English version


From Longman Dictionary of Contemporary English
Related topics: Illness & disability
dizzydiz‧zy /ˈdɪzi/ ●●○ adjective  1 MIBALANCEfeeling unable to stand steadily, for example because you are looking down from a high place or because you are ill The heat and the champagne made him feel dizzy. She started to suffer from dizzy spells (=a short period when you feel dizzy).dizzy with Ruth felt dizzy with relief.2 the dizzy heights (of something)3 informalCARELESS stupid and forgetful a dizzy blonde4 HIGHvery busy and exciting Hong Kong buzzes from dawn to dusk at a dizzy pace.dizziness noun [uncountable] headaches, dizziness, and vomitingdizzily adverb
Examples from the Corpus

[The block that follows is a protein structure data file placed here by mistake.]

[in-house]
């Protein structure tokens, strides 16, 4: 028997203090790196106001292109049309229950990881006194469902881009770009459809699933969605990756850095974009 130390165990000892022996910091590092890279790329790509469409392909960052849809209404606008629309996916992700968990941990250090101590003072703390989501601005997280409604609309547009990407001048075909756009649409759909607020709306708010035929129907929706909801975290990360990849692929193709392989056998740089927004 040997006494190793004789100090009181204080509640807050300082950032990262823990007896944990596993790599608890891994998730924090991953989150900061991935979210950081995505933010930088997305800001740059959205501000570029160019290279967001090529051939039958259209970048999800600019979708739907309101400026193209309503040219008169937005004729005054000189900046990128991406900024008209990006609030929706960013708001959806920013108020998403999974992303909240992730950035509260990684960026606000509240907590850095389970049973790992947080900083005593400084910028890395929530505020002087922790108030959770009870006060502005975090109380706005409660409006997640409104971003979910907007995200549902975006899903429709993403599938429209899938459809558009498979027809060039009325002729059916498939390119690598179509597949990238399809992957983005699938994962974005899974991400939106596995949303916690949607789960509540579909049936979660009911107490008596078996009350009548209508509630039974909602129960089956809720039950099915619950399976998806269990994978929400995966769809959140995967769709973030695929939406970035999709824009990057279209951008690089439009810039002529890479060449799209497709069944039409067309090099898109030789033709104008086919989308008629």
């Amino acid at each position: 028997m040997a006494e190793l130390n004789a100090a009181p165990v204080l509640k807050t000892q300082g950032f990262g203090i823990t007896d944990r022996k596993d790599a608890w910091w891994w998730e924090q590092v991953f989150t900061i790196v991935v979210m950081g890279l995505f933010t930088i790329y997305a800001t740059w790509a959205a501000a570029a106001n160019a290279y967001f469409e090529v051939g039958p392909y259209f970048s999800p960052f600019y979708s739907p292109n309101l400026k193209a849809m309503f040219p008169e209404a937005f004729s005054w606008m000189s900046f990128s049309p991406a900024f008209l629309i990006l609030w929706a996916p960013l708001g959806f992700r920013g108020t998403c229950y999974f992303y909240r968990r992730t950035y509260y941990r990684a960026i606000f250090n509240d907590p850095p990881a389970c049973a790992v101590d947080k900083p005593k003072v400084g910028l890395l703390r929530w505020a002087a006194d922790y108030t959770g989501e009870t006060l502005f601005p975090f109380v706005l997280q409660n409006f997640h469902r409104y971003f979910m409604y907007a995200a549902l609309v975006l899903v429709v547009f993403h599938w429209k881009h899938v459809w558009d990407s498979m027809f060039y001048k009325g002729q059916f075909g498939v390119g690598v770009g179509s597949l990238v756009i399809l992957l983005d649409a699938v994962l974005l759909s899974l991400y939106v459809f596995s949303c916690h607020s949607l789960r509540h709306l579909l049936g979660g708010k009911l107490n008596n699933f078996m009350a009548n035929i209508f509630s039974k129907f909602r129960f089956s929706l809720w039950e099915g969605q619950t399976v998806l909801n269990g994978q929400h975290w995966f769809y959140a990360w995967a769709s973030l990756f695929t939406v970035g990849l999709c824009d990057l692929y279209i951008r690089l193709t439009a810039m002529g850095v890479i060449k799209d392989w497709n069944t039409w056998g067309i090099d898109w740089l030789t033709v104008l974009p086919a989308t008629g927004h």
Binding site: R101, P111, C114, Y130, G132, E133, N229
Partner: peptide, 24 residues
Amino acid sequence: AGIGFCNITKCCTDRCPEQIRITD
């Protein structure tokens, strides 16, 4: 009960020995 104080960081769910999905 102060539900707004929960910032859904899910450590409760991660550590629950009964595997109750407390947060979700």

dizzyThe thin mountain air made Trautmann feel dizzy.So anyway, you go to work and get dizzy.I felt myself growing dizzy and l seemed to be seeing everything as through a fog.As the sulphur finds its way into his lungs, he will become dizzy and nauseated.She was still feeling dizzy and sick, and felt very annoyed at herself for almost fainting in Caroline's flat.By the time she had explained to Pepe what had happened she began to feel dizzy and steadily more nauseous.Sometimes I get dizzy at the top of staircases and escalators.If you feel dizzy or short of breath, stop exercising immediately.She must have had a dizzy spell.The dizzy spells were increasing in frequency.dizzy spellsShe suffers from high blood pressure and dizzy spells.After Allitt moved out of the Jobsons' home, his dizzy spells, craving for chocolate and sudden collapses had stopped.If they are arthritic, their sight is poor, or they are subject to dizzy spells they may trip over the flex.The dizzy spells were increasing in frequency.
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